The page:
What is a Calcium Blood Test?

A calcium blood test measures the amount of calcium in your blood. If there is too much or too little calcium in the blood, it may be a sign of a wide range of medical conditions, such as bone disease, thyroid disease, parathyroid disorders, kidney disease, and other conditions.

Calcium is one of the most important minerals in your body. About 1% of the calcium in your body is in your blood. The rest is stored in your bones and teeth. Having the right amount of calcium in your blood is necessary for your nerves, muscles, and heart to work properly. It also helps blood vessels move blood throughout your body and helps release hormones that affect many body functions.

Other names: total calcium, ionized calcium

What is it used for?

A blood calcium test is used to check your general health. It’s also used to help diagnose or monitor many types of medical conditions, including conditions that affect your bones, kidneys, digestive system, thyroid, and parathyroid glands.

There are two types of calcium blood tests that measure different forms of blood calcium:

  • Total calcium test measures all the calcium in your blood. You have two types of blood calcium that are normally present in about equal amounts:
    • “Bound calcium” is attached to proteins in your blood.”Free calcium” is not attached to proteins. It’s also called ionized calcium. This form of blood calcium is active in many body functions.
    Normally, your body tightly controls the balance of bound and ionized calcium, so a total calcium test gives a good estimate of how much ionized calcium you have.A total calcium test is the most common test for blood calcium. It’s often part of a basic metabolic panel (BMP) and a comprehensive metabolic panel (CMP), which are both routine screening tests.
  • An ionized calcium test measures only the “free calcium” in your blood that isn’t attached to proteins. An ionized calcium test is more difficult to do, so it’s usually ordered if the results of a total calcium test aren’t normal. You may also have this test if you have a condition that affects your body’s ability to balance the amounts of ionized and bound calcium in your blood, or if you are seriously ill or having surgery.

Why do I need a calcium blood test?

Your health care provider may have ordered a basic or comprehensive metabolic panel, which includes a calcium blood test, as part of your regular checkup. You may also have this test to diagnose or monitor conditions that can affect your blood calcium or if you have symptoms of abnormal calcium levels.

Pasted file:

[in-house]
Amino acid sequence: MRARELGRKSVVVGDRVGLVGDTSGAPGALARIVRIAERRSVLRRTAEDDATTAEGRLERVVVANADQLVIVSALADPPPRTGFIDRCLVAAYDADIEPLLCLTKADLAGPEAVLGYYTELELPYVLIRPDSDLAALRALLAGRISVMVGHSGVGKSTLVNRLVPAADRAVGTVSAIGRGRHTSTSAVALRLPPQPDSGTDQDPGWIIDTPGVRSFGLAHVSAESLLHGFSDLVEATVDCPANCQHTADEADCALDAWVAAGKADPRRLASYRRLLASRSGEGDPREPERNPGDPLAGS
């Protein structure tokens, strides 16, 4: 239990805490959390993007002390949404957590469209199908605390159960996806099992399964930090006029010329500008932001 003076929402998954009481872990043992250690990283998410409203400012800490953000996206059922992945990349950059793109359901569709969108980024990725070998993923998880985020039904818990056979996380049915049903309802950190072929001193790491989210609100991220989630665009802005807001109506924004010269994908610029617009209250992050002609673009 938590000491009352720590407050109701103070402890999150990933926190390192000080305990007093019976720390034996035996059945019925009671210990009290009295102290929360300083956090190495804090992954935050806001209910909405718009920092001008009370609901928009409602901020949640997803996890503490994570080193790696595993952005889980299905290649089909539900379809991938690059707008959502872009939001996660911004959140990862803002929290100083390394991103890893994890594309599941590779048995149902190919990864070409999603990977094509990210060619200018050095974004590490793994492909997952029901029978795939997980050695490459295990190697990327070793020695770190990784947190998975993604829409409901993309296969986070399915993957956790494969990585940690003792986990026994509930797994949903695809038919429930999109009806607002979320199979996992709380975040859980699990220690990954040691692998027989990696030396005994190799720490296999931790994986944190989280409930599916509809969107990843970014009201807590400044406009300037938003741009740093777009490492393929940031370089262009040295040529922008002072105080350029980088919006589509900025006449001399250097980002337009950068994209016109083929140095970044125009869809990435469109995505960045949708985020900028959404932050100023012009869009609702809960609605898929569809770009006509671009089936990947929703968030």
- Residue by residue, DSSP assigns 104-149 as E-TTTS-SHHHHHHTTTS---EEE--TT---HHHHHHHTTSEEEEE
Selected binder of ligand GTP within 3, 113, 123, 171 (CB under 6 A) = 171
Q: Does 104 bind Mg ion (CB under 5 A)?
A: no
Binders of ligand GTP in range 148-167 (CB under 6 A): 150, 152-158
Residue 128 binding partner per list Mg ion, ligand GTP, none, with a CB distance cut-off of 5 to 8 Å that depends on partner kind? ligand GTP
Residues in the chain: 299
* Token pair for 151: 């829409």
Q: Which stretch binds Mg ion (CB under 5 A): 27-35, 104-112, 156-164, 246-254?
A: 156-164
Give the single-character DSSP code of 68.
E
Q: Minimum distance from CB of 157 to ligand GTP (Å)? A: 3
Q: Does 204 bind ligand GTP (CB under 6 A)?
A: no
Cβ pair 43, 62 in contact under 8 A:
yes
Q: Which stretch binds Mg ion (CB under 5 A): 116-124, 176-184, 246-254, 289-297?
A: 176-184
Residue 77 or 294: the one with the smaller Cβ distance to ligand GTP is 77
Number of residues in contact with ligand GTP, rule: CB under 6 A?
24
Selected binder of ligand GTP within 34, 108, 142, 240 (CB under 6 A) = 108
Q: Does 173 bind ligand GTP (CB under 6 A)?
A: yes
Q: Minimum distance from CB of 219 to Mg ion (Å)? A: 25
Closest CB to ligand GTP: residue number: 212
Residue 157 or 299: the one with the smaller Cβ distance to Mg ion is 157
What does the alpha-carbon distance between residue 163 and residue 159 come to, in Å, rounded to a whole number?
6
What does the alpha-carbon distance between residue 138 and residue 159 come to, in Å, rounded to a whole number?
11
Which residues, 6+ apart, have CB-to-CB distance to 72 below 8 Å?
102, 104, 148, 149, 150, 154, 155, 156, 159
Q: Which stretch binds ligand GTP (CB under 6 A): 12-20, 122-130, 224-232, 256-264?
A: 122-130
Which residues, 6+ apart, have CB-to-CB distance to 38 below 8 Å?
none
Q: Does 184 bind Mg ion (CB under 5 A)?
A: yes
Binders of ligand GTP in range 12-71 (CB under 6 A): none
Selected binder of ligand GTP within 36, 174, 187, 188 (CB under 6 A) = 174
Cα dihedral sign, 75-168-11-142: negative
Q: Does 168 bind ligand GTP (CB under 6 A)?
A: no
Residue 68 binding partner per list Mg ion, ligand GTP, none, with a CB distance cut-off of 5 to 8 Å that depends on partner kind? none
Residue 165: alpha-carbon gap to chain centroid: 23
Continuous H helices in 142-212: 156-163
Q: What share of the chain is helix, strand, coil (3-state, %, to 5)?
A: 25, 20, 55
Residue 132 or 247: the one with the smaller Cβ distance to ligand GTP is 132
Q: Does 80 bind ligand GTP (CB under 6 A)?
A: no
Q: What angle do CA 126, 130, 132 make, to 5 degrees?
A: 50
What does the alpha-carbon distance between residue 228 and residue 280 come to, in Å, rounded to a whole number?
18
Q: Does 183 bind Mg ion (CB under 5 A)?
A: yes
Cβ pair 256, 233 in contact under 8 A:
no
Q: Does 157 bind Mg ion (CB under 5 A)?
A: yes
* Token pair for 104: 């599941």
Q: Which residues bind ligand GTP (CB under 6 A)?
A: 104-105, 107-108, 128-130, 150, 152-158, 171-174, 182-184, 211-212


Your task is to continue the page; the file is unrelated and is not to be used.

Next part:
Symptoms of high calcium levels include:

  • Constipation
  • Nausea and vomiting
  • Abdominal (belly) pain
  • Loss of appetite
  • More frequent urination
  • Increased thirst
  • Confusion

Symptoms of low calcium levels include:

  • Dry skin, coarse hair, and nails that easily break (after a long period of low levels)
  • Muscle cramps, spasms, or stiffness
  • Tingling in the lips, tongue, fingers, and feet
  • Arrhythmia (a problem with the rate or rhythm of your heartbeat)

Many people with high or low calcium levels don’t have any symptoms. So your provider may order a calcium test if you have a known condition that may affect your calcium levels, such as:

  • Kidney disease
  • Thyroid or parathyroid disease
  • Malnutrition
  • Problems absorbing calcium
  • Certain types of cancer

What happens during a calcium blood test?

A health care professional will take a blood sample from a vein in your arm, using a small needle. After the needle is inserted, a small amount of blood will be collected into a test tube or vial. You may feel a little sting when the needle goes in or out. This usually takes less than five minutes.

Will I need to do anything to prepare for the test?

You usually don’t need any special preparations for a calcium blood test or a basic or comprehensive metabolic panel. Your provider may ask you to stop taking certain medicines or supplements, such as vitamin D, to make sure your test results are accurate. If your provider has ordered more tests on your blood sample, you may need to fast (not eat or drink) for several hours before the test. Your provider will let you know if there are any special instructions to follow.

Are there any risks to the test?

There is very little risk to having a blood test. You may have slight pain or bruising at the spot where the needle was put in, but most symptoms go away quickly.

What do the results mean?

Results from a total calcium test that are higher than normal may be a sign of many types of conditions, such as:

  • Overactive parathyroid glands (hyperparathyroidism), a condition in which your parathyroid glands produce too much parathyroid hormone
  • Certain types of cancer, including cancer that spreads to the bone
  • Bone disorders, including Paget’s disease of the bone
  • Taking too much vitamin D over a long period of time

Results from a total calcium test that are lower than normal may be a sign of:

  • Low blood protein levels, which may be caused by liver disease or malnutrition
  • Underactive parathyroid glands (hypoparathyroidism), a condition in which your parathyroid glands produce too little parathyroid hormone
  • Too little calcium in your diet
  • Too little vitamin D or magnesium
  • Pancreatitis
  • Kidney disease

If your results from a total calcium blood test are not in the normal range, it doesn’t always mean that you have a medical condition that needs treatment. Your diet and certain medicines can affect your calcium levels. If you have questions about your results, talk with your provider.